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Francis Bacon Hardback Catalogue

Francis Bacon is considered one of the most important painters of the twentieth century. A new exhibition at the Royal Academy explores the role of animals in his work, not least the human animal. In this fascinating accompanying publication - a significant addition to the literature on the artist - expert authors, among them Michael Peppiatt, Stephen F.Eisenman and Catherine Howe, discuss Bacon's approach to animals and identify his varied sources of inspiration, which included surrealist literature and the photographs of Eadweard Muybridge.

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Dimensions 28 x 2 x 24cm
Fabric & material Hardback
No. of Pages 196
SKU 12091123

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Product story

Irish-born artist Francis Bacon was the horse-breeder’s son who became one of the most important painters of the 20th century.

An openly gay man at a time when homosexuality was illegal, he was banished from his conservative family home by his father at 16. After that, he drifted through Berlin and Paris before establishing himself in London, with his formative years running parallel with some of the 20th century’s most profoundly disturbing events.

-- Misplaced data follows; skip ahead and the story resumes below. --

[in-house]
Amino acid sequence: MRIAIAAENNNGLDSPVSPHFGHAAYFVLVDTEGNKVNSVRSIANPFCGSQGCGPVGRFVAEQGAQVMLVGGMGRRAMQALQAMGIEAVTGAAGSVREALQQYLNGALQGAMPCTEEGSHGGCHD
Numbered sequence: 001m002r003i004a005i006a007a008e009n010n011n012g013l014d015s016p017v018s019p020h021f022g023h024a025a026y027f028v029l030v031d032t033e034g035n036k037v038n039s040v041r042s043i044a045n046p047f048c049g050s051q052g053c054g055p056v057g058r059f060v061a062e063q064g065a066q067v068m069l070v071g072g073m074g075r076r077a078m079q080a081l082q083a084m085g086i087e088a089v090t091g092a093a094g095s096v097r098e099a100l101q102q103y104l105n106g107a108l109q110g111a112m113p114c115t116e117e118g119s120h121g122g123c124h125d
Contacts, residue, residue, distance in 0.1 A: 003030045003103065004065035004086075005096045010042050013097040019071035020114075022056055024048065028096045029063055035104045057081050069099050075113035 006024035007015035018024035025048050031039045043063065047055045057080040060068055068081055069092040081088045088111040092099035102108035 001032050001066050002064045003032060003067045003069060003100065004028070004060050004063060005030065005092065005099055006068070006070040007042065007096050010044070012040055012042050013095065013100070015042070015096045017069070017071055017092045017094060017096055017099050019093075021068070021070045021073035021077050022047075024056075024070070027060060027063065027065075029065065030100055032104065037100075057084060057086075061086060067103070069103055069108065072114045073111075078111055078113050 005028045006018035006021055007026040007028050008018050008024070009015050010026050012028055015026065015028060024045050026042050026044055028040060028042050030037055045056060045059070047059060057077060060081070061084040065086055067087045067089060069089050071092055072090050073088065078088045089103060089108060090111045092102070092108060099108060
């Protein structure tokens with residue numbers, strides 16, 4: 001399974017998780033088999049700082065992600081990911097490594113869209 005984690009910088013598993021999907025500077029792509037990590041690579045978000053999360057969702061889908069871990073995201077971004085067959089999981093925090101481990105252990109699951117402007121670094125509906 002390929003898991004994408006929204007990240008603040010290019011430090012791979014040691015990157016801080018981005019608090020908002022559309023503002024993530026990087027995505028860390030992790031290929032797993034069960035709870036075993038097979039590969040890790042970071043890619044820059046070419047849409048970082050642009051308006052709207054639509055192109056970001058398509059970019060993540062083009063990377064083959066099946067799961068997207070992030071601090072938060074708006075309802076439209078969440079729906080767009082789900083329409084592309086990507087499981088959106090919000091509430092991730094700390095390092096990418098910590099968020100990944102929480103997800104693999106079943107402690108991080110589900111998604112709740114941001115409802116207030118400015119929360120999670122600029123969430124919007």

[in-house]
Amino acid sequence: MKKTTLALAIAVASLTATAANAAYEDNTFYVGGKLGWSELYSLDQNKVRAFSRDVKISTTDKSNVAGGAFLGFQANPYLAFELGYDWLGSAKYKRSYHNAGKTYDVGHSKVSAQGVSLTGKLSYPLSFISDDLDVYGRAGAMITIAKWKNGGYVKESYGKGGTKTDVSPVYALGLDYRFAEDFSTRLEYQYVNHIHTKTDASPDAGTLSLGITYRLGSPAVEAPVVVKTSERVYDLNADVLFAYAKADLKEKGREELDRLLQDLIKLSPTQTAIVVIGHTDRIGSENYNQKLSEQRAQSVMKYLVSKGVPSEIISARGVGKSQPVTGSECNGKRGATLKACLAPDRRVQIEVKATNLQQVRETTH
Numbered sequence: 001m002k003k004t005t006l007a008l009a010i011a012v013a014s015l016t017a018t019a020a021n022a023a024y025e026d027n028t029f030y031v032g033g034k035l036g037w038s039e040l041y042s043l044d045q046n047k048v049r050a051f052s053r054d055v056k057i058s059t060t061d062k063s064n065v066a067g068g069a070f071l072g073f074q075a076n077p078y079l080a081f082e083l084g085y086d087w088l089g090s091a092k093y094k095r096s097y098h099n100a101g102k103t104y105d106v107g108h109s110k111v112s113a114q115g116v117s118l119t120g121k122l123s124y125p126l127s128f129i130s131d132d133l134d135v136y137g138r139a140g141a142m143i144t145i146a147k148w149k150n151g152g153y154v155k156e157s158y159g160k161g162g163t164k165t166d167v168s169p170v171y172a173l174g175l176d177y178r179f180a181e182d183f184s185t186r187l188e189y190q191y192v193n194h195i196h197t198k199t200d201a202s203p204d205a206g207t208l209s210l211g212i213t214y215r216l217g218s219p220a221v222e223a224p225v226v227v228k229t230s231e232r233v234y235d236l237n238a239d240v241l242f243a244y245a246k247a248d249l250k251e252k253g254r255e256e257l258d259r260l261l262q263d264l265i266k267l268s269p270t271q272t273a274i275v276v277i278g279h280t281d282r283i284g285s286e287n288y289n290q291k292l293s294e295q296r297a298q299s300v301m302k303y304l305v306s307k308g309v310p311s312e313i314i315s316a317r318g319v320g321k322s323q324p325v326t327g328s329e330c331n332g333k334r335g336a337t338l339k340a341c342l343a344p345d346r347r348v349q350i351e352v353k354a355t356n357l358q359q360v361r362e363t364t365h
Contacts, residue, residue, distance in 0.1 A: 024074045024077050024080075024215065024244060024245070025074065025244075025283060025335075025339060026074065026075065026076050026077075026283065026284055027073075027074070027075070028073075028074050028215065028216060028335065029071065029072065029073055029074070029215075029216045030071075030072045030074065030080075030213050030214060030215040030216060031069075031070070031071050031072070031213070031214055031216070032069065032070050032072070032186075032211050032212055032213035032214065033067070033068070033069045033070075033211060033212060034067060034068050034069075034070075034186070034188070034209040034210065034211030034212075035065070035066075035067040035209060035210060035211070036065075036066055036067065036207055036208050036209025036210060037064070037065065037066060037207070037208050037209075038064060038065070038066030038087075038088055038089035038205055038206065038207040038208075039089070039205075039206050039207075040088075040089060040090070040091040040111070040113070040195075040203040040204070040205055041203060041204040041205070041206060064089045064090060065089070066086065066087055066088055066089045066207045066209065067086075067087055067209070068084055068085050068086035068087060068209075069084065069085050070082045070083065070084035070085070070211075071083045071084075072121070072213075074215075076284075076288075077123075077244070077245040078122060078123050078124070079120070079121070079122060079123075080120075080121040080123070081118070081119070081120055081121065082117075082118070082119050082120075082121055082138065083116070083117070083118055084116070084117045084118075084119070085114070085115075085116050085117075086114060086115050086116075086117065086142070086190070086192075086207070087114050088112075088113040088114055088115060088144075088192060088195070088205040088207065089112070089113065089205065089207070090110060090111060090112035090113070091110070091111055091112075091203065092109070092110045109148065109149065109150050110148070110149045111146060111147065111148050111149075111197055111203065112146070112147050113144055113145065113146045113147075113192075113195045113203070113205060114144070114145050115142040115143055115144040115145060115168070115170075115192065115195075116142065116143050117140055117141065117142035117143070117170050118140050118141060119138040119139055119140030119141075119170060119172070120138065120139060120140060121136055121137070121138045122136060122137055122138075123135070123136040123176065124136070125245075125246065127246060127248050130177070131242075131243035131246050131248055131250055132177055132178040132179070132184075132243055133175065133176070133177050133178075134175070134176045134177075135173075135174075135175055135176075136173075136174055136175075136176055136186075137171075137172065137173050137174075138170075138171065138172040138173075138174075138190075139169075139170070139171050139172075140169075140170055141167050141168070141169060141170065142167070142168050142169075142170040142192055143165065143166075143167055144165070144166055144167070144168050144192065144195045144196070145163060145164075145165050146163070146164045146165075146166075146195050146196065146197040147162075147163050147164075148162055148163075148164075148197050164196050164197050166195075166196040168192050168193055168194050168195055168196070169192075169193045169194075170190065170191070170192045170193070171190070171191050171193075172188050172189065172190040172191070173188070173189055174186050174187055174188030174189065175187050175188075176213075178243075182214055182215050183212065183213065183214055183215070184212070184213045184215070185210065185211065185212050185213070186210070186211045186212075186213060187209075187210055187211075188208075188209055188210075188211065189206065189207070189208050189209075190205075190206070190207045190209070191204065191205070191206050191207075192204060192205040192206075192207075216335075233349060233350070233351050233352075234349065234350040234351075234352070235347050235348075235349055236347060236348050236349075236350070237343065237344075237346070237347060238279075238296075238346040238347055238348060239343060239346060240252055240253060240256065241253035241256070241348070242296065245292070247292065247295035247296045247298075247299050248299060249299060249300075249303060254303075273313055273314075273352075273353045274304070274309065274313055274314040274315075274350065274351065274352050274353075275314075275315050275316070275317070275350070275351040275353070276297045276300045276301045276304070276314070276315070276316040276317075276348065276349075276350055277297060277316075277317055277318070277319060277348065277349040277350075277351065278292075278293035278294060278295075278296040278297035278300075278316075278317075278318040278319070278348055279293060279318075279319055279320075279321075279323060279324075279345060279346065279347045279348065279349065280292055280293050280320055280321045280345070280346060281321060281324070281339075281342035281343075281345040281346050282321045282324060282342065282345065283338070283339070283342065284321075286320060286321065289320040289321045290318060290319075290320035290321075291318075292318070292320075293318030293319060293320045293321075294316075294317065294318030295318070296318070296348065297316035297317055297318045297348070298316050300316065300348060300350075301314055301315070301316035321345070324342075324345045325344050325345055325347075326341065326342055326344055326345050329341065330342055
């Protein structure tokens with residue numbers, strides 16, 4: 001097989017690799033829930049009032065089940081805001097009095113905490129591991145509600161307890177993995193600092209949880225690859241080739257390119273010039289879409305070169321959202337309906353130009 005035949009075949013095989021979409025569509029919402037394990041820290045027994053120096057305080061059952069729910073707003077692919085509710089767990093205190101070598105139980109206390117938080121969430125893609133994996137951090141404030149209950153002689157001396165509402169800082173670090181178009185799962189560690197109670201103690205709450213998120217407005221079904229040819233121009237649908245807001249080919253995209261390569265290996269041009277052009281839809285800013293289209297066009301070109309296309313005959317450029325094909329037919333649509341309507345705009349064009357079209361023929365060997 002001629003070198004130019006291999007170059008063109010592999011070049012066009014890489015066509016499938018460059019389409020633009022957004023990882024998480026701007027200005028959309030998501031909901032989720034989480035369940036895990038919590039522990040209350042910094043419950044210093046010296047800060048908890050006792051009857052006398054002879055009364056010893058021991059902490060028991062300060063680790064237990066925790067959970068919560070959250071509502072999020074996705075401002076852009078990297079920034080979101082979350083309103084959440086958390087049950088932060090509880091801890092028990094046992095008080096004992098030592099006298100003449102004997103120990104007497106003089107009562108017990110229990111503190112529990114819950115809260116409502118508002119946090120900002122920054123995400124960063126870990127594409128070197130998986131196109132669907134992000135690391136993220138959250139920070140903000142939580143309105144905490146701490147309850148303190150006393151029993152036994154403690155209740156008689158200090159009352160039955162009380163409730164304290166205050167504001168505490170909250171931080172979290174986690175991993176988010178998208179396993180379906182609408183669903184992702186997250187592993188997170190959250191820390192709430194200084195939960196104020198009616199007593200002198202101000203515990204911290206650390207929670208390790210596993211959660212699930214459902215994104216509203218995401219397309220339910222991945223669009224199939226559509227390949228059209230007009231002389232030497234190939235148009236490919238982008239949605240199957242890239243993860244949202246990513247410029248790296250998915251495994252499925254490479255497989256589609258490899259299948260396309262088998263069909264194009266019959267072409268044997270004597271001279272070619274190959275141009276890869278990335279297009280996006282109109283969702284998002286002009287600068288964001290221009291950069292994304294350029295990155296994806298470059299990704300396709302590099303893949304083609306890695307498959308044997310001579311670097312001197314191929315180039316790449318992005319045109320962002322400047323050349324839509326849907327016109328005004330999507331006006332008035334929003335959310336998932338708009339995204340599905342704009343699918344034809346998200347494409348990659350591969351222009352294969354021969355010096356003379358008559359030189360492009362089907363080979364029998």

This powerful exhibition will focus on Bacon’s unerring fascination with animals: how it both shaped his approach to the human body and distorted it; how, caught at the most extreme moments of existence, his figures are barely recognisable as either human or beast.

It also explores how Bacon was mesmerised by animal movement, observing animals in the wild during trips to South Africa; filling his studio with wildlife books, and constantly referring to Eadweard Muybridge’s 19th-century photographs of humans and animals in motion. Whether baboons or bulls, dogs or birds of prey, Bacon felt he could get closer to understanding the true nature of humankind by watching the uninhibited behaviour of animals.

Spanning Bacon’s 50-year career, highlights include some of Bacon’s earliest works and his last-ever painting, alongside a trio of bullfight paintings which will be exhibited together for the first time.

Seen together, these raw expressions of anxiety and instinct – both animal and human – feel poignantly relevant today.

 

 

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